Hot air balloons in gorgeous Colorado!
Balloons, bells, a ghost town and fall colors!
Honey, check out this deal! Let’s get our mountain fix!
Sometimes Groupon has great timing with their offers. In this case a condo at Snowmass Village lured us. Sheila was very enthused about the Snowmass balloon festival. It’s always a scenic drive from Denver up I-70 west through the mountains and the forecast looked like good weather for a road trip. Plus, it was mid-September, a splendid month in Colorado and the early part of the aspen viewing fall season. The aspens quake in brilliant gold! We travel I-70 often to visit Tom’s parents in Grand Junction. This time, we turned south at Glenwood Springs. The condo was in Snowmass Village.
Colorado hot air balloons! We arrived in Snowmass Village just about sunset on a Saturday evening
Plenty of time to get checked into Timberline Condos (we were pleasantly surprised at how big and nice it was – with a very complete kitchen and a nice hot tub overlooking the slopes) and take a stroll down Fanny Hill which is the beginner slope at the bottom of Snowmass. The hot air balloon glow was on display and the special entertainment stage was set up. Depending on each balloon’s color scheme, some glowed nicely when the burners were aflame, others had a lesser impact, but the sounds and bursts of the flames heightened the enthusiasm for the glow. The entertainment stage featured a variety of eclectic performers (magicians, jugglers, acrobats), plus techno music and songs like Queen’s “We will rock you” boomed out while the balloons attempted to synchronize their flames to the beat.
One drawback for hot air balloon enthusiasts – these ascensions are for early risers. Oh, we managed to drag ourselves out of bed, and we got there in plenty of time, but it sure was early and nippy.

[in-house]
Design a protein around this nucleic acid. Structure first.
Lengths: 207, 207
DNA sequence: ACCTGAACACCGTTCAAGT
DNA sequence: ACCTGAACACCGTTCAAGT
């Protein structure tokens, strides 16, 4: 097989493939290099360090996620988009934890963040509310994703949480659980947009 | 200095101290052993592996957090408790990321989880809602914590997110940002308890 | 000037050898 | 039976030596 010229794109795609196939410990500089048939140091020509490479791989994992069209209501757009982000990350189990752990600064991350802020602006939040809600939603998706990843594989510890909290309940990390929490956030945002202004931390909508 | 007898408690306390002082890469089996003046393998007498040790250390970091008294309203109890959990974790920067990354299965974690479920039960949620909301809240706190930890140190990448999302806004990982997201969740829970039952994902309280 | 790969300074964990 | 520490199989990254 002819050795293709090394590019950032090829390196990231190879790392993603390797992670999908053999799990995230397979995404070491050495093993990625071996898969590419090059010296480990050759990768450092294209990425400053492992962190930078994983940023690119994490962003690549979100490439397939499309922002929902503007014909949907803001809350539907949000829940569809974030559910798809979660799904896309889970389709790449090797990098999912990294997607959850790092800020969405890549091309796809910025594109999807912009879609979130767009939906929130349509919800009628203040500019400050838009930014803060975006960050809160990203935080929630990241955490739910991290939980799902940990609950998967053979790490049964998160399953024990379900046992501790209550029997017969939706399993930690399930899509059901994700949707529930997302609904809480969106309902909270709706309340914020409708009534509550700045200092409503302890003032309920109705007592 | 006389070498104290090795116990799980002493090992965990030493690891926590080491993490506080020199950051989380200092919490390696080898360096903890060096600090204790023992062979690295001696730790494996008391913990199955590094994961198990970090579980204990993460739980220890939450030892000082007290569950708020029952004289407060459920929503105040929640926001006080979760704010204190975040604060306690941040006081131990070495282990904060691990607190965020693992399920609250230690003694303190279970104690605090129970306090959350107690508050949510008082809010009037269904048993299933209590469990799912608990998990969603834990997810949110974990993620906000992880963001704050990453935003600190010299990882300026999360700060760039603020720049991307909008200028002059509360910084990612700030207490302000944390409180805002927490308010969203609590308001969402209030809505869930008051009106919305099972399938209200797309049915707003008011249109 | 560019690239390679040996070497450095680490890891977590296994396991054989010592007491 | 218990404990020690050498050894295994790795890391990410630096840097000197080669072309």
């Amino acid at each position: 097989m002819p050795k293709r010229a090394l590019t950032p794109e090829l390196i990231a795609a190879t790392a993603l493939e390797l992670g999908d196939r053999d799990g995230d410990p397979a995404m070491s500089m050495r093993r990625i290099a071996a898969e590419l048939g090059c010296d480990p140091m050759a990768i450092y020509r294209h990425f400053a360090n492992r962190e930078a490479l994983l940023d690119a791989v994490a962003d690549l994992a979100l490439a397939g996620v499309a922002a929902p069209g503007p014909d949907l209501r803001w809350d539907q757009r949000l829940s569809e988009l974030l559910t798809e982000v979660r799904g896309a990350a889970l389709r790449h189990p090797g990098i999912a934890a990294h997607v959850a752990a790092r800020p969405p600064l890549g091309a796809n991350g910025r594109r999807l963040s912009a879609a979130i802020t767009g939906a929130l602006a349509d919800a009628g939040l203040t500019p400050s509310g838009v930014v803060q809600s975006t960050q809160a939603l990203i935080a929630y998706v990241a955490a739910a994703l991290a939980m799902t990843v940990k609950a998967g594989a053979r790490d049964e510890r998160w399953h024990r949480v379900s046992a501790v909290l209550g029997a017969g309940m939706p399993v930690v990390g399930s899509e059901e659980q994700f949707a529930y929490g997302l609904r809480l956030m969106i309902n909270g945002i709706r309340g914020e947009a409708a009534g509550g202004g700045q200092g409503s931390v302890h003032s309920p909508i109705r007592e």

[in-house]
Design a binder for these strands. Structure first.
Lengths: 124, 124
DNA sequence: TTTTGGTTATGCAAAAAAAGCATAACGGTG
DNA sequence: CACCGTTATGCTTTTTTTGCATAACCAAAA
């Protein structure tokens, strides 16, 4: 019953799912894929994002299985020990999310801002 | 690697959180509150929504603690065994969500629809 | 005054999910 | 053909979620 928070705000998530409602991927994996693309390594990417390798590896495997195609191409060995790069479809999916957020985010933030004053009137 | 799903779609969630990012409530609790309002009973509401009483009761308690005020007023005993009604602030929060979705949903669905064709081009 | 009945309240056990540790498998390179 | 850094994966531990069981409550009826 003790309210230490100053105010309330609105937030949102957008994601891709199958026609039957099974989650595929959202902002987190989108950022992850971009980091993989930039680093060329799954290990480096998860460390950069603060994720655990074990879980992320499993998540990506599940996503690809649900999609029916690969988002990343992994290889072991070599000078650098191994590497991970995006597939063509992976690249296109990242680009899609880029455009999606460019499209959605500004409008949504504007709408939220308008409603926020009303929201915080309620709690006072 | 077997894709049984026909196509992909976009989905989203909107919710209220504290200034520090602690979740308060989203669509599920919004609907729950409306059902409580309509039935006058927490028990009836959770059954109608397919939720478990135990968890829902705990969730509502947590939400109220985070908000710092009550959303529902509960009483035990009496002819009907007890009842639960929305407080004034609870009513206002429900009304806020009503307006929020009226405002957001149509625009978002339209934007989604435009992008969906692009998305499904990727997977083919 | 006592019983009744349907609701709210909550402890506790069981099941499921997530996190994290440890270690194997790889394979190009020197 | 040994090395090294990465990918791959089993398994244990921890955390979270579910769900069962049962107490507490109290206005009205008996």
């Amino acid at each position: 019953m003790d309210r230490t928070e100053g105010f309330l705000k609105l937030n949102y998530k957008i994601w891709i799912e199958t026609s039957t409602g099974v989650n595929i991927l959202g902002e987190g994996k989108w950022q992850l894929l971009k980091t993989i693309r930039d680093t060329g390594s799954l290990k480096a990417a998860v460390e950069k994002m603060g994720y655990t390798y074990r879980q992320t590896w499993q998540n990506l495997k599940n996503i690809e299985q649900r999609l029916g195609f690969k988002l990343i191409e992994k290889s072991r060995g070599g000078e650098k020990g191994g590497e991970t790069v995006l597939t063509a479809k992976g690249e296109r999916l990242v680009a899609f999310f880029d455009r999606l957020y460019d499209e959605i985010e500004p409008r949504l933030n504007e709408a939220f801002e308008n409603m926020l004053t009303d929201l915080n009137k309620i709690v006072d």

Of course, we had a great time gawking at all the fancy balloons and the vivid colors. The spectators are allowed to get up close and personal with the ground crew and the pilots for the balloon launchings. About 3 dozen balloons participated.
The balloonists have competitions
Balloons paired up with a ribbon tied between them. As they drifted through the morning sky, they would attempt to keep the balloons close enough for the ribbon not to break. Watching to see where each balloon would land was interesting, especially imagining the reactions of people in the hillside homes where balloons ended up in their yards. What a view they had!
Bonus for our day was that Tom’s parents drove over from Grand Junction (about 2 hours) to visit for the afternoon and watch the Denver Broncos game with us!
The most photographed mountain peaks in the US
The Maroon Bells are well known in Colorado as one of the most beautiful places in a state known for its mountain scenery. The two 14,000+ foot bell shaped peaks are nicely framed by a reflective lake and other mountains on each side. We’ve read that they are the most photographed peaks in the US – not sure if that’s true or not, but it is easy to believe. They are very photogenic and the scene changes depending on the season, the light, and the weather.
Exploring Maroon Bells Snowmass Wilderness